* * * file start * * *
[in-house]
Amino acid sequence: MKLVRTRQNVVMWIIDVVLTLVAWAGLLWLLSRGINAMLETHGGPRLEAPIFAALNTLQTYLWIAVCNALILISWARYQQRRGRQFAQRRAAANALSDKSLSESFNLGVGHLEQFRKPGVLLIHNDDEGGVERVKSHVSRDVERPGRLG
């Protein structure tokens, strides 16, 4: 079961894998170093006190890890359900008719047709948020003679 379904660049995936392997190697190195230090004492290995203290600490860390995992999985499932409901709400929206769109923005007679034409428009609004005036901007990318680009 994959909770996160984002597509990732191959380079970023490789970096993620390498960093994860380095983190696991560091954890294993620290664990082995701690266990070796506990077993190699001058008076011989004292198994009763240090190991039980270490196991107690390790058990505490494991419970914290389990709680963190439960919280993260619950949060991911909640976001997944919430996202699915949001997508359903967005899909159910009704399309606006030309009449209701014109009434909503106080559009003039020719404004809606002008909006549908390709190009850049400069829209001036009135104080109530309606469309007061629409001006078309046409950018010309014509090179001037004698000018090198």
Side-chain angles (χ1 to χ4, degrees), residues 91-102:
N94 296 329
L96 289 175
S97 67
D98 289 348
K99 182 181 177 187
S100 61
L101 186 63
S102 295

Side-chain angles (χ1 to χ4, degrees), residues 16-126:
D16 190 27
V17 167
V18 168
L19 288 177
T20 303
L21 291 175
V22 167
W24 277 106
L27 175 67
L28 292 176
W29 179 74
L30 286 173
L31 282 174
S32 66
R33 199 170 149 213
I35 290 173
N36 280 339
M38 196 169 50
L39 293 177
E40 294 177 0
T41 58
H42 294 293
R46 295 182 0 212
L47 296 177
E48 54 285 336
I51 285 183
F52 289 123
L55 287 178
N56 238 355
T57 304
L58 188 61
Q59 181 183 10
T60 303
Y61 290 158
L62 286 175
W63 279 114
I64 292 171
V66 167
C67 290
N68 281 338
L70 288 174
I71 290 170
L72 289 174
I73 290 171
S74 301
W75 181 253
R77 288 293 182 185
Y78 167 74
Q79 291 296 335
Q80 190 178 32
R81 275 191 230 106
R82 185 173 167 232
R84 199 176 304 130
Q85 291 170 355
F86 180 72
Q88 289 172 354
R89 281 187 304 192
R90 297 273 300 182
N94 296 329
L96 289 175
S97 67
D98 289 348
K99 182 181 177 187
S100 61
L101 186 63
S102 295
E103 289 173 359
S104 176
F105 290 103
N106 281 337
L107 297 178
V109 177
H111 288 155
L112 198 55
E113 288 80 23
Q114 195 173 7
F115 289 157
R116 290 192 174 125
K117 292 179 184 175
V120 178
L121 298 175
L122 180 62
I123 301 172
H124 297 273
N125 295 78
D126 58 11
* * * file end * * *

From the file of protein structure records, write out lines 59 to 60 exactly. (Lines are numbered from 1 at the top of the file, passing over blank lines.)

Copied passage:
W75 181 253
R77 288 293 182 185